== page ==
Myanmar is familiar with Singapore. There is signicant Singapore business presence in Myanmar, a large Myanmar community in Singapore and a pool of Myanmar companies using Singapore as an intermediary hub. With the lifting of Western sanctions, competition in the market has intensied. While the familiarity and warm relations are added advantages for Singapore companies, they need to act fast and differentiate themselves to gain an edge over the competition.
Figure 7: Bilateral trade between Singapore and Myanmar
S$000 $2,500

$2,000

$1,500

$1,000

$500
Total Trade Imports Exports

$0 2005 2006 2007 2008 2009 2010 2011 2012

11

Singapore-Myanmar Bilateral Ties

Growing trade volumes


In 2012, Singapore was Myanmars third largest trading partner, after China and Thailand. Bilateral trade reached US$1.4 billion (S$1.7 billion), up from US$1.3 billion (S$1.6 billion) in 20117. Singapore is the 6th largest foreign investor in Myanmar, with a cumulative investment of US$2.8 billion (S$3.4 billion)8. In the rst half of 2013, Singapores trade with Myanmar reached US$1.1 billion (S$1.4 billion), rising 53% from US$711 million (S$895 million) in the same period in 2012. Trade and investment between Singapore and Myanmar is expected to grow as more investment opportunities unfold.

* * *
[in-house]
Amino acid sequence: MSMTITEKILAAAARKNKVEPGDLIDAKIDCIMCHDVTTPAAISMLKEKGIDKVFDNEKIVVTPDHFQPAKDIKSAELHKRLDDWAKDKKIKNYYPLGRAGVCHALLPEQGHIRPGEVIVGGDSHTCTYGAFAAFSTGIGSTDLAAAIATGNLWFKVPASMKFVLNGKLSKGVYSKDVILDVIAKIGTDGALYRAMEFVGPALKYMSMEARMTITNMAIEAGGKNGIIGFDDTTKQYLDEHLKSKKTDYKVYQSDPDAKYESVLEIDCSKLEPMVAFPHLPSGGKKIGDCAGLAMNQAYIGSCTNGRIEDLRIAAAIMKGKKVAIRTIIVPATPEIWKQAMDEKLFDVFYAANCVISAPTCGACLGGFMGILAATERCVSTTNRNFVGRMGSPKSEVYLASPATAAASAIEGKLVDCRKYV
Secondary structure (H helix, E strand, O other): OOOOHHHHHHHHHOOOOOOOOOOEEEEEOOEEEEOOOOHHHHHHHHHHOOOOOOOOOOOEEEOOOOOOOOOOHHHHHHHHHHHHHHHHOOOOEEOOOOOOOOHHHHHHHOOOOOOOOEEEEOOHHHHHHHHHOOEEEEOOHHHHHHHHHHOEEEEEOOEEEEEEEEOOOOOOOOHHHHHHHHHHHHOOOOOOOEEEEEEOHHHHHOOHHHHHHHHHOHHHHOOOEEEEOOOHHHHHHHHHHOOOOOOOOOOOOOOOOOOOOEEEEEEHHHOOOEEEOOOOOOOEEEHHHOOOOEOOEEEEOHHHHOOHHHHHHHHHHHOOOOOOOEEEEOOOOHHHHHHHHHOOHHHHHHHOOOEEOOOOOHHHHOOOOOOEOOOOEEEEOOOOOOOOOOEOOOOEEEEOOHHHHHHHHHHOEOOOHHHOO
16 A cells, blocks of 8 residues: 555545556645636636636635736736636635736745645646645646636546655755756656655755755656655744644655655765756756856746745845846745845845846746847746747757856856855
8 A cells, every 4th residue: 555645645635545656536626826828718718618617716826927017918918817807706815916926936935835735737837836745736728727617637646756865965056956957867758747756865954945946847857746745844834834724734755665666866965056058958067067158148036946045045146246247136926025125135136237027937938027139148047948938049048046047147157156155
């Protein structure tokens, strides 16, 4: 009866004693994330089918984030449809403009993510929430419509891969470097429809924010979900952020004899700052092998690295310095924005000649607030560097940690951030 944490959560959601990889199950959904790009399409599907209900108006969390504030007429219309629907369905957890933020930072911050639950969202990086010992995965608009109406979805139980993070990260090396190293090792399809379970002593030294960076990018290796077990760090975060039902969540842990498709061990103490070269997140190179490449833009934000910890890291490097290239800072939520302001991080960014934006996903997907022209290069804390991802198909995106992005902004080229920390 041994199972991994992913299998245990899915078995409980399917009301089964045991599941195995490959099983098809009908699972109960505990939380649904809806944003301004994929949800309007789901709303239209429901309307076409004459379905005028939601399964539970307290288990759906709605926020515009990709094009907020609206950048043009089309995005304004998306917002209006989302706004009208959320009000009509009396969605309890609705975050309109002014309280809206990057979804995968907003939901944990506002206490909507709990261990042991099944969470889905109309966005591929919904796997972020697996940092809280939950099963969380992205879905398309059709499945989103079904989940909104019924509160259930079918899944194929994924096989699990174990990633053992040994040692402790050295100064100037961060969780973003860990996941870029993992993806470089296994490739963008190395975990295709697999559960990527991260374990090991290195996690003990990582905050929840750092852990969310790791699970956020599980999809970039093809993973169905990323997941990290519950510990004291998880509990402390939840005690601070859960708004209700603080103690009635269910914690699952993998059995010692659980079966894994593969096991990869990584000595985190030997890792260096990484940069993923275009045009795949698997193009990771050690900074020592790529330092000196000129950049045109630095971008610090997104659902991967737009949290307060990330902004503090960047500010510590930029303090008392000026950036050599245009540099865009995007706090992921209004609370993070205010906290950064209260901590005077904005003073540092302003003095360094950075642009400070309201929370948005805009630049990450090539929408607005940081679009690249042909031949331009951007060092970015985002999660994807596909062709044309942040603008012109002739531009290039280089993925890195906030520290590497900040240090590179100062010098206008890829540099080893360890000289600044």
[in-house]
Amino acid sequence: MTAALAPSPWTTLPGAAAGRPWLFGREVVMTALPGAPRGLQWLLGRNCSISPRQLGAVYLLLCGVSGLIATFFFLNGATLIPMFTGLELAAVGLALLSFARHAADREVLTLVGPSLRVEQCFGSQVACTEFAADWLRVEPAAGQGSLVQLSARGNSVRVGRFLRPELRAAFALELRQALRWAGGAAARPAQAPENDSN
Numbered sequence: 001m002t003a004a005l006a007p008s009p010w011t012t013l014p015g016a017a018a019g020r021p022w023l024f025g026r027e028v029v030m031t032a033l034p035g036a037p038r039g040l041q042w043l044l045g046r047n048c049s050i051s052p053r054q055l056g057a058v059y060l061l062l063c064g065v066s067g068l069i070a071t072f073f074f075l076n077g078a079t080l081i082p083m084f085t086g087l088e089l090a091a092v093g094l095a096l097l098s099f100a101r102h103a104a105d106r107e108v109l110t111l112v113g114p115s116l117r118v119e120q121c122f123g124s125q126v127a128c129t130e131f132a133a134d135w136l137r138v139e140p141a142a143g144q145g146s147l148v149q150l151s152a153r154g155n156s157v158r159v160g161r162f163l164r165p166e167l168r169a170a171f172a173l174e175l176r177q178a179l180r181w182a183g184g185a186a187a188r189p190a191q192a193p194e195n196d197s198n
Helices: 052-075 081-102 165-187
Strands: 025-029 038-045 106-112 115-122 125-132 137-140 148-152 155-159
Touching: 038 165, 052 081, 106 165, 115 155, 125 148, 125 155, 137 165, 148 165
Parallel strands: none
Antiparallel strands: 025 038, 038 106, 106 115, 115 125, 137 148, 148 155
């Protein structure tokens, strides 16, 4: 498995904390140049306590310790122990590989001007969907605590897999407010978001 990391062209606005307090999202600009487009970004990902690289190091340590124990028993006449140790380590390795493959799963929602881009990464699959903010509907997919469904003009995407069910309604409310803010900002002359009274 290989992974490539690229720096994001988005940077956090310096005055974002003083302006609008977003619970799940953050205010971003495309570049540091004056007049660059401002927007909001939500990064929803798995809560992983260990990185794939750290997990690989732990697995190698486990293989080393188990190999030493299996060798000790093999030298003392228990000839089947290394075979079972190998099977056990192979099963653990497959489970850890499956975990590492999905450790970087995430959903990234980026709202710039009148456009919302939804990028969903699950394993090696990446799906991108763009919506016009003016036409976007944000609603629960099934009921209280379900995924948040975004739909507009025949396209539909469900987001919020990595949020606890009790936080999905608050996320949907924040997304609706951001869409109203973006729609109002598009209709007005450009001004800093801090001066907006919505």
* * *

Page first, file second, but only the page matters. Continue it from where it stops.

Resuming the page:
Singapore companies in Myanmar


Singapore companies have shown an enduring commitment in their investments in Myanmar. Singapore has been the largest investor in Myanmars hospitality sector since the 1990s. Keppel Land established two hotels under the Sedona brand in Yangon and Mandalay in 1993, while Pan Pacific Hotels Group invested in a hotel in Yangon under its Parkroyal brand since 2001. Food manufacturer, Super Group, has operated in Myanmar for over 20 years and is currently enjoying rst-mover advantage with its well-established brand and product lines9. In early 2013, Ya Kun opened two outlets in Yangon, ahead of other international coffee chains. Riding on the potential of a 60 million strong domestic consumer market in Myanmar, Ya Kun aims to establish ten outlets across Yangon by the end of 2014. Property developer, Soilbuild Group Holdings, entered into an agreement with Ayeyar Hinthar Group, a major Myanmar conglomerate specialising in agriculture and real estate, to jointly develop a US$120 million (S$149 million) condominium project in Yangon. Pan Pacific is also partnering Shwe Taung, one of Myanmars leading corporations in real estate and infrastructure development, to develop a 348-room hotel as part of a mixed-use development in the heart of Yangon city centre. Singapore companies continue to actively pursue opportunities and forge partnerships in a diverse range of sectors that are important to Myanmars long term economic development. These range from real estate, construction to telecommunications and retail.